A Day with Dig It! 2017: LEGO, Ale and Dragons

How would I describe an average day with Dig It! 2017? I don’t think that exists. Let’s just start with today…

Full disclosure: I’m not an archaeologist (“booo, hiss, get off the stage”). I’m the Communications Officer at Dig It! 2017, the year-long celebration of Scottish archaeology. I HAVE been on a dig, so you can’t kick me out, right? And anyway, archaeology is for everybody!

What is Dig It! 2017? We take all of the amazing events that happens across this sector and pull it into one big (continually changing) programme. We have 75 events on the website at the moment, which range from excavations to LEGO – most are free and all of them are open to the public.

Dig It! 2017 Website

Dig It! 2017 Event Listing

We also team up with groups and organisations of all sizes to promote their amazing work. We’re currently running a competition to find Scotland’s six most spectacular Hidden Gems, which has helped raise awareness and create content/coverage for the 28 nominees. Voting closes on Monday, so head over to the Dig It! 2017 Facebook page soon if you’d like to get involved.

Back to the original question: how would I describe my day? As I mentioned, the Hidden Gems campaign closes soon so I’m working on the official announcement for the six winners. My document is covered in red marks and “TBC” notes, since we don’t actually know who has won yet! I’ll also add a few events to the digital programme, such as the Highland Archaeology Festival. I have my eyes on their pub quiz

Dig It! 2017 Hidden Gem Sites

Eight of the Hidden Gem Nominees

In the afternoon, I’ll work on the Dig It! 2017 article for the next Society of Antiquaries of Scotland newsletter. We share we share our offices with the Society, which means that the person who coordinates the newsletter is just down the hall. This is excellent motivation to finish the article on time (I’m working on it, Andrea – I promise!).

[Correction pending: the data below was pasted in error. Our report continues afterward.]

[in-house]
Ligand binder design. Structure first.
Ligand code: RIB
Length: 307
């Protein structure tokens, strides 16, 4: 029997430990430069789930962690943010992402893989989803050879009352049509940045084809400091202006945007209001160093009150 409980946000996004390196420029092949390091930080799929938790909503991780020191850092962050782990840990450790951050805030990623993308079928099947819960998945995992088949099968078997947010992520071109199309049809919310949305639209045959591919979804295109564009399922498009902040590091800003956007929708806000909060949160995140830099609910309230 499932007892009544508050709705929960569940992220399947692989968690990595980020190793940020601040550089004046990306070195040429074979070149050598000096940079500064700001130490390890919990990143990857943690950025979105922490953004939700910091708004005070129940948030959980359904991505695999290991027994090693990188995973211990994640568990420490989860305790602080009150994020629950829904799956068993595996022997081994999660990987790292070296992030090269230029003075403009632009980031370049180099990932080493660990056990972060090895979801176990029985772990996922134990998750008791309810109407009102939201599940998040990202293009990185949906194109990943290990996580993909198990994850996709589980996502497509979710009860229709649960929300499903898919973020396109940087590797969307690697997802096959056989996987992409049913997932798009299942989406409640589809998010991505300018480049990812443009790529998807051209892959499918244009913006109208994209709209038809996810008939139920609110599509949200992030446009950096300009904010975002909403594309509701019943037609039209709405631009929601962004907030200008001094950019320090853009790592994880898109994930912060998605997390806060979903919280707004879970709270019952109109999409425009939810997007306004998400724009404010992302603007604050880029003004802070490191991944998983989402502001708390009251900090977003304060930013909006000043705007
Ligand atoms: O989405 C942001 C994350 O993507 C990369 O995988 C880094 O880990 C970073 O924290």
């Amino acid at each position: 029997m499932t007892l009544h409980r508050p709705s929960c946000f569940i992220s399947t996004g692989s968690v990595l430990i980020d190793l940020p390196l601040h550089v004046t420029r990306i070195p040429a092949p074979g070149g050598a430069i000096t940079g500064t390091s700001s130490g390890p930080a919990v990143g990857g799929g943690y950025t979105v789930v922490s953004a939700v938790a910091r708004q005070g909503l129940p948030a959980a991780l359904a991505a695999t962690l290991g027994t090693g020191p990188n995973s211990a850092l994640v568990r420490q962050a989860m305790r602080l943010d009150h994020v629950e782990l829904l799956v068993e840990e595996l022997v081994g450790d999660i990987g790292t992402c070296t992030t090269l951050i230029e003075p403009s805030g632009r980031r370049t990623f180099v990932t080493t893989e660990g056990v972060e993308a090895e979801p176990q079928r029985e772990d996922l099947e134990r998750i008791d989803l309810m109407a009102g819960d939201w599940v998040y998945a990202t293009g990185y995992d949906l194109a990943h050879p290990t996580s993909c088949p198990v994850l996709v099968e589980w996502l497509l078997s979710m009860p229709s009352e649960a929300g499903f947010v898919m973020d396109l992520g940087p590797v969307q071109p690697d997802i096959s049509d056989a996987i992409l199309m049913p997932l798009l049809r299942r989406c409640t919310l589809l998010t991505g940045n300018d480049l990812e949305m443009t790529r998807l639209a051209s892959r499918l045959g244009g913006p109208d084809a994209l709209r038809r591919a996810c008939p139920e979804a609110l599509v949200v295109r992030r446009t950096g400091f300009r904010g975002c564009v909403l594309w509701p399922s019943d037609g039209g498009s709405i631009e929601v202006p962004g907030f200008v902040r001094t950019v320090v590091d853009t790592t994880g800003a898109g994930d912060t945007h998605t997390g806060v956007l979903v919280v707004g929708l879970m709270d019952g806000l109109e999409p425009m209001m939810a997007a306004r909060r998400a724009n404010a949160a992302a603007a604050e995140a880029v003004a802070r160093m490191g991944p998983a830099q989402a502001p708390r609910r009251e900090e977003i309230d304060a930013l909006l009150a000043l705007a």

Finally, I’ll turn to the promotion for our upcoming event with the Auchindrain Township in Argyll. ‘Fyne Food, Fyne Ales, Fyne Music’ will do what it says on the tin, in addition to craft activities, a dig and an exhibition. The event is part of a wider partnership between Auchindrain, Xchange Scotland and Dig It! 2017. Thanks to funding from the Heritage Lottery and Museums Galleries Scotland, we will enable 12 young people with disabilities or from disadvantaged backgrounds to take part in the professionally‐supervised excavation of a site within Auchindrain, and create a small exhibition of their finds. The press release is ready to go, so today I’ll be reaching out to other organisations in Argyll to see if we can create more of a buzz around the event.

Auchindrain Township

Auchindrain Township

Does that sound boring? Don’t leave yet! I haven’t even said what the Project Manager is doing today. He’s at a festival!

Dig It! 2017 is all about meeting people halfway, so we’re bringing archaeology to the Mugstock Festival near Glasgow. We like to draw people in with something fun and then BAM – hit them with knowledge (fun knowledge).

For this family-friendly festival, we’ve teamed up with Archaeology Scotland to work with three museum outreach students to try out different forms of engagement. As we’re running with the dragon/Viking theme, people can also explore artefacts with Sketchfab and use our guides to paint their own message in Viking ruins. We also have handling kits with ‘real’ objects, 3D printed objects (plus a 3D printer), and our Green Screen Photo Booth. This is the first time that we’ve brought our Green Screen to a festival with alcohol, so I’m really looking forward to seeing the results on Monday. In my experience, the most outrageous the poses make for the best photos. I expect great things from Mugstock.

Dig It! 2017 Green Screen Photo Booth

Green Screen Photo Booth at Stirling Castle

Thanks for reading! If you’d like to learn more about Dig It! 2017, you can follow along on Facebook, Twitter or check out our website. Enjoy the rest of your #DayofArch!

Dig It! 2017 is coordinated by Archaeology Scotland and the Society of Antiquaries of Scotland, and primarily funded by Historic Environment Scotland

Featured image by John Felix